Brexit factor weighing on Scottish economy
GDP growth north of the border to be lower than UK for next two years
The Scottish economy is set to lag behind the UK for the next two years as the ramifications of Brexit hits and consumers tighten their belts.
Accountancy giant PwC’s latest UK Economic Outlook report suggests Scotland will see growth of 1.2% this year and 1.1% next year. The wider UK is expected to outperform Scotland with a 1.5% increase in GDP this year and a 1.4% rise next year.
Across Britain, economic growth held up better than expected in the six-month period following the Brexit vote, but the situation deteriorated in the first half of 2017 as inflation took its toll.
“While some may see concern at the fact Scotland and Northern Ireland are at the bottom in terms of GDP improvement, there is actually very little separating most of the UK,” Lindsay Gardiner, regional chairman for PwC in Scotland, said.
“This year the best growth we expect any region, except for London, will see is 1.5% and it is 1.4% next year.
“Where concerns should perhaps be focused is around wage growth as many are offsetting limited growth through increased borrowing – which may have a longer term impact via interest rate rises or employment downturn.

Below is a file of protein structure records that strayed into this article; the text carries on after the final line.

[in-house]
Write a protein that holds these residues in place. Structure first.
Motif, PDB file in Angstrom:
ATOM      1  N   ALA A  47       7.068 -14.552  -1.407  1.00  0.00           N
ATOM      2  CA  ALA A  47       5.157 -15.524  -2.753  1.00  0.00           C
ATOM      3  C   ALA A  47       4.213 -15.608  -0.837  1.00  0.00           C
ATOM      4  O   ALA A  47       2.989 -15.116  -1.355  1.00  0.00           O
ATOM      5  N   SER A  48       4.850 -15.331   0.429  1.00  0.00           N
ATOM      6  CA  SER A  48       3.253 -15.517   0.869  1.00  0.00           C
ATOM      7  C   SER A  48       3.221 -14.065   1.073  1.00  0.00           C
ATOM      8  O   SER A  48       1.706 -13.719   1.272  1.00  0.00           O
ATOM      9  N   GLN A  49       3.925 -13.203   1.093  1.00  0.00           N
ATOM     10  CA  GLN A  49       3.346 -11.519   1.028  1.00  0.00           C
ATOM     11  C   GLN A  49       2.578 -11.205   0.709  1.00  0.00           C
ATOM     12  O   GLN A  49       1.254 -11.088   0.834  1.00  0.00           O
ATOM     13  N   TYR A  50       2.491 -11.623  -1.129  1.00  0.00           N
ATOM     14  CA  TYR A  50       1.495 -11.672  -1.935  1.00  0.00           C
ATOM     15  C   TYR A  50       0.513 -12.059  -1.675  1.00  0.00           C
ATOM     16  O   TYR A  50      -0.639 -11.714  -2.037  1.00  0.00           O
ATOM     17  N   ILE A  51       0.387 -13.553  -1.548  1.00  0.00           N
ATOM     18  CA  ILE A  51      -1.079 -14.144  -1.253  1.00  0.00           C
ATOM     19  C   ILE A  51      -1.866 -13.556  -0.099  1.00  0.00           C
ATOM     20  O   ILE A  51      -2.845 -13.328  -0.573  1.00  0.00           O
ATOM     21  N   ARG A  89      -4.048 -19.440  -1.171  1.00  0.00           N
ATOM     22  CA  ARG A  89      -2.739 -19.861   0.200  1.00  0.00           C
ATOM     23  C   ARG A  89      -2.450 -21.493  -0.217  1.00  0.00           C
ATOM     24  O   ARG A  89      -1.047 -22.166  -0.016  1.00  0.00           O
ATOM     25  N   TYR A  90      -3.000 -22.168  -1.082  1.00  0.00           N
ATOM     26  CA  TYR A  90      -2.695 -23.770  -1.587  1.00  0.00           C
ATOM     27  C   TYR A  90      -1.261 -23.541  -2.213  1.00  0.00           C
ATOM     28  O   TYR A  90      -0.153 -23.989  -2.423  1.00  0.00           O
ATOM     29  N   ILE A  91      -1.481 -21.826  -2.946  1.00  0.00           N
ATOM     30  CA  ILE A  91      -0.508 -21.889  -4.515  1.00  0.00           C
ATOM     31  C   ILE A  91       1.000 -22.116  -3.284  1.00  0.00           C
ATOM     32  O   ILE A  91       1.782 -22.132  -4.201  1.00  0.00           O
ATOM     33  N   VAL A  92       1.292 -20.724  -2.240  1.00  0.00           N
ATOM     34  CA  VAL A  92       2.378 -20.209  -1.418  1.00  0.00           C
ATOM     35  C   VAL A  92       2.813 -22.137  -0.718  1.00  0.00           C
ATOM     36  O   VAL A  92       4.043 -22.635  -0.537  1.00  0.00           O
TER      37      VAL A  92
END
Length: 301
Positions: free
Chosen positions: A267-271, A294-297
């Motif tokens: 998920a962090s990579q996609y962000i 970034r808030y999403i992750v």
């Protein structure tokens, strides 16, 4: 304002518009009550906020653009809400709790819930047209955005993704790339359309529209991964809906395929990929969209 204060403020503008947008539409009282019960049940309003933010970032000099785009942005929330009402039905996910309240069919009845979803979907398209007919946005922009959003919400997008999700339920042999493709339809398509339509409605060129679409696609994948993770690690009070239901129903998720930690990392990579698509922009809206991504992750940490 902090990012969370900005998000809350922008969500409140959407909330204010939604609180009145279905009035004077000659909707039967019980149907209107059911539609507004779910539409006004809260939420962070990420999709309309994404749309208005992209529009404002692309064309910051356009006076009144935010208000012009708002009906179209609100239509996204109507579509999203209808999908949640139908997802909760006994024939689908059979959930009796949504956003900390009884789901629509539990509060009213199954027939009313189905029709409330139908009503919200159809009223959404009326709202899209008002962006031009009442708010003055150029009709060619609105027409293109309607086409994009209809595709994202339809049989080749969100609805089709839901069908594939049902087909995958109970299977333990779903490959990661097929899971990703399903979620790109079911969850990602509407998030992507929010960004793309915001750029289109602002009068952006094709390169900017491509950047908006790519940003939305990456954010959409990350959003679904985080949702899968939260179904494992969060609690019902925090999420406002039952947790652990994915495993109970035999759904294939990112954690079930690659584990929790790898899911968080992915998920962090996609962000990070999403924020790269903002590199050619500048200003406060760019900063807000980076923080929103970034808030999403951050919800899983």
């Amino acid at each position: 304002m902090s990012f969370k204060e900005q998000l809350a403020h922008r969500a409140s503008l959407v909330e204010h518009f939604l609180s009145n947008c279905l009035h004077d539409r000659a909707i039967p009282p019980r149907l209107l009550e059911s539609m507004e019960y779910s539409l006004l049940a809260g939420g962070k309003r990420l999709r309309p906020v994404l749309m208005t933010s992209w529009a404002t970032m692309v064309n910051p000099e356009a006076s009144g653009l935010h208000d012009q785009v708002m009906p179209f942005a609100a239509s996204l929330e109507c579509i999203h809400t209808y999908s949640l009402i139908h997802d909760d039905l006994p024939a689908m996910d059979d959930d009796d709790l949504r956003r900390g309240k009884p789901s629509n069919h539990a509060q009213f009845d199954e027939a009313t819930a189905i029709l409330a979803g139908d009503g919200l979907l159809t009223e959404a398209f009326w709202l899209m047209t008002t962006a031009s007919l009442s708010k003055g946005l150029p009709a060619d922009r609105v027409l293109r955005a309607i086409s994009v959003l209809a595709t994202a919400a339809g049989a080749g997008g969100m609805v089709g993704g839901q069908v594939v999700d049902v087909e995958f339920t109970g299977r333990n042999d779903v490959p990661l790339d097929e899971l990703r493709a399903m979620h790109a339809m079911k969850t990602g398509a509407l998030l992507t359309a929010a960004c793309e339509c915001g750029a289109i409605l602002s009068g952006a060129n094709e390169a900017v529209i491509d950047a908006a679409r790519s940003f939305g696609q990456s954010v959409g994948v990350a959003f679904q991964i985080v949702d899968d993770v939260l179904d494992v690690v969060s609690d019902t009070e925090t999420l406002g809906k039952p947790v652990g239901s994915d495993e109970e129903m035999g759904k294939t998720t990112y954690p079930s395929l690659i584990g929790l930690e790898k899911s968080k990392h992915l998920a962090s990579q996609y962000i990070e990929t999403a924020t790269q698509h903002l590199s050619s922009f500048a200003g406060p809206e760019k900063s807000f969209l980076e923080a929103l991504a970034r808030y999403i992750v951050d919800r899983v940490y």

“It’s too early to speculate on how the Brexit talks are going to impact growth, however current exchange rates have some offsetting benefits for net exports.
“The main message we are discussing with businesses at the moment is to consider where Brexit may have an impact and to make contingency plans for a number of scenarios, particularly those who may face changes in customs tariffs or employment challenges.”
Of the economic sectors that PwC did examine, it said the Scottish property market was demonstrating an uneven bounce back from a marginal price retraction during last year.
The Scottish property sector is on track for 2.5% growth this year but it said Brexit was impacting on the number of transactions being completed.
However, PwC said it expected the average house price in Scotland to grow from £139,000 to £160,000 by 2020.
Richard Snook, senior economist at PwC, said: “There is a huge disparity in how sub-regional housing markets have performed since the recession.” email@example.com
Top: regional variations are evident in the Scottish property market. Above: Lindsay Gardiner of PwC in Scotland.